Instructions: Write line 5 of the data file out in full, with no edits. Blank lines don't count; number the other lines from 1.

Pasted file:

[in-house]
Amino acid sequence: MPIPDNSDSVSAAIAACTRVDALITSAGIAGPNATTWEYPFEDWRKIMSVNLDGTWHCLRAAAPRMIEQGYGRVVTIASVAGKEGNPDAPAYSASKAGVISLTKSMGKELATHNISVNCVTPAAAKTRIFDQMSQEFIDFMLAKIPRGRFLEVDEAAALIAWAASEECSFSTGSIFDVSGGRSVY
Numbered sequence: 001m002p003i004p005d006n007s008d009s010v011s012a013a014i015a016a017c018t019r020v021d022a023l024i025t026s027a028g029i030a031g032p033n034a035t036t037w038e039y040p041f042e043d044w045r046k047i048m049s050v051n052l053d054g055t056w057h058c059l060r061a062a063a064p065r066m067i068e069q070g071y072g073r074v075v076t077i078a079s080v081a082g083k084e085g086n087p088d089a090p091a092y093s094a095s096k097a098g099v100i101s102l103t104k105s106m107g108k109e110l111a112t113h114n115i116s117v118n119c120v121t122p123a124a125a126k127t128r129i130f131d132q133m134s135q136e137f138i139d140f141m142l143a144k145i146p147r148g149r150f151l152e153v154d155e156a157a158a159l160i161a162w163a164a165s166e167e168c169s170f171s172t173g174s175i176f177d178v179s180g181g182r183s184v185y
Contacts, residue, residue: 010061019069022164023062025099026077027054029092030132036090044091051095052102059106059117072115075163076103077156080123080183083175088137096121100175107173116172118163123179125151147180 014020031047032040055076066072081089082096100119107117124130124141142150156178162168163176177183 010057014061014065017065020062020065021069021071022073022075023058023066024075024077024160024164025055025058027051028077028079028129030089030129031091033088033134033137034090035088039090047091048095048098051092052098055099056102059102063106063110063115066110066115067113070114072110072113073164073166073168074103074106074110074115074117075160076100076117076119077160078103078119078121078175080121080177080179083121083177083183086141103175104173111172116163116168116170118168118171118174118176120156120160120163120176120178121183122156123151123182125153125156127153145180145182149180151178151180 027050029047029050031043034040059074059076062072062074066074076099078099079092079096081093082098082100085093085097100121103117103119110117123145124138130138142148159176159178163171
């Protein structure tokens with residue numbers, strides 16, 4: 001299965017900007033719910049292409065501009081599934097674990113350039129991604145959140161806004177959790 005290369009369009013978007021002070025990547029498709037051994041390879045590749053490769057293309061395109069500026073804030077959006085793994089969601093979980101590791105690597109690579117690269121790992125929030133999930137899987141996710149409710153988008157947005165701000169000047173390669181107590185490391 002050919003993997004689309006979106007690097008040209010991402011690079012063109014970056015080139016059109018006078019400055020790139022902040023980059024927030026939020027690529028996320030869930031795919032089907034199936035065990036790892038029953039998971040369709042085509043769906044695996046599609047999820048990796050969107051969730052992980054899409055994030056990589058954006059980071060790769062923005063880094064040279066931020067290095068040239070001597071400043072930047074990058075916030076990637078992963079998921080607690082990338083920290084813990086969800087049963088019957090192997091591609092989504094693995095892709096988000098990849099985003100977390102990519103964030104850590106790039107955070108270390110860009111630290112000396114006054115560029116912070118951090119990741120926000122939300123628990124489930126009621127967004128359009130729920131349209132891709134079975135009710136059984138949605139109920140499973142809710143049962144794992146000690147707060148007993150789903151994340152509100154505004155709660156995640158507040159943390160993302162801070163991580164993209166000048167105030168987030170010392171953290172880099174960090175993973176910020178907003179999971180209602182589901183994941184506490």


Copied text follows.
């Protein structure tokens with residue numbers, strides 16, 4: 001299965017900007033719910049292409065501009081599934097674990113350039129991604145959140161806004177959790 005290369009369009013978007021002070025990547029498709037051994041390879045590749053490769057293309061395109069500026073804030077959006085793994089969601093979980101590791105690597109690579117690269121790992125929030133999930137899987141996710149409710153988008157947005165701000169000047173390669181107590185490391 002050919003993997004689309006979106007690097008040209010991402011690079012063109014970056015080139016059109018006078019400055020790139022902040023980059024927030026939020027690529028996320030869930031795919032089907034199936035065990036790892038029953039998971040369709042085509043769906044695996046599609047999820048990796050969107051969730052992980054899409055994030056990589058954006059980071060790769062923005063880094064040279066931020067290095068040239070001597071400043072930047074990058075916030076990637078992963079998921080607690082990338083920290084813990086969800087049963088019957090192997091591609092989504094693995095892709096988000098990849099985003100977390102990519103964030104850590106790039107955070108270390110860009111630290112000396114006054115560029116912070118951090119990741120926000122939300123628990124489930126009621127967004128359009130729920131349209132891709134079975135009710136059984138949605139109920140499973142809710143049962144794992146000690147707060148007993150789903151994340152509100154505004155709660156995640158507040159943390160993302162801070163991580164993209166000048167105030168987030170010392171953290172880099174960090175993973176910020178907003179999971180209602182589901183994941184506490």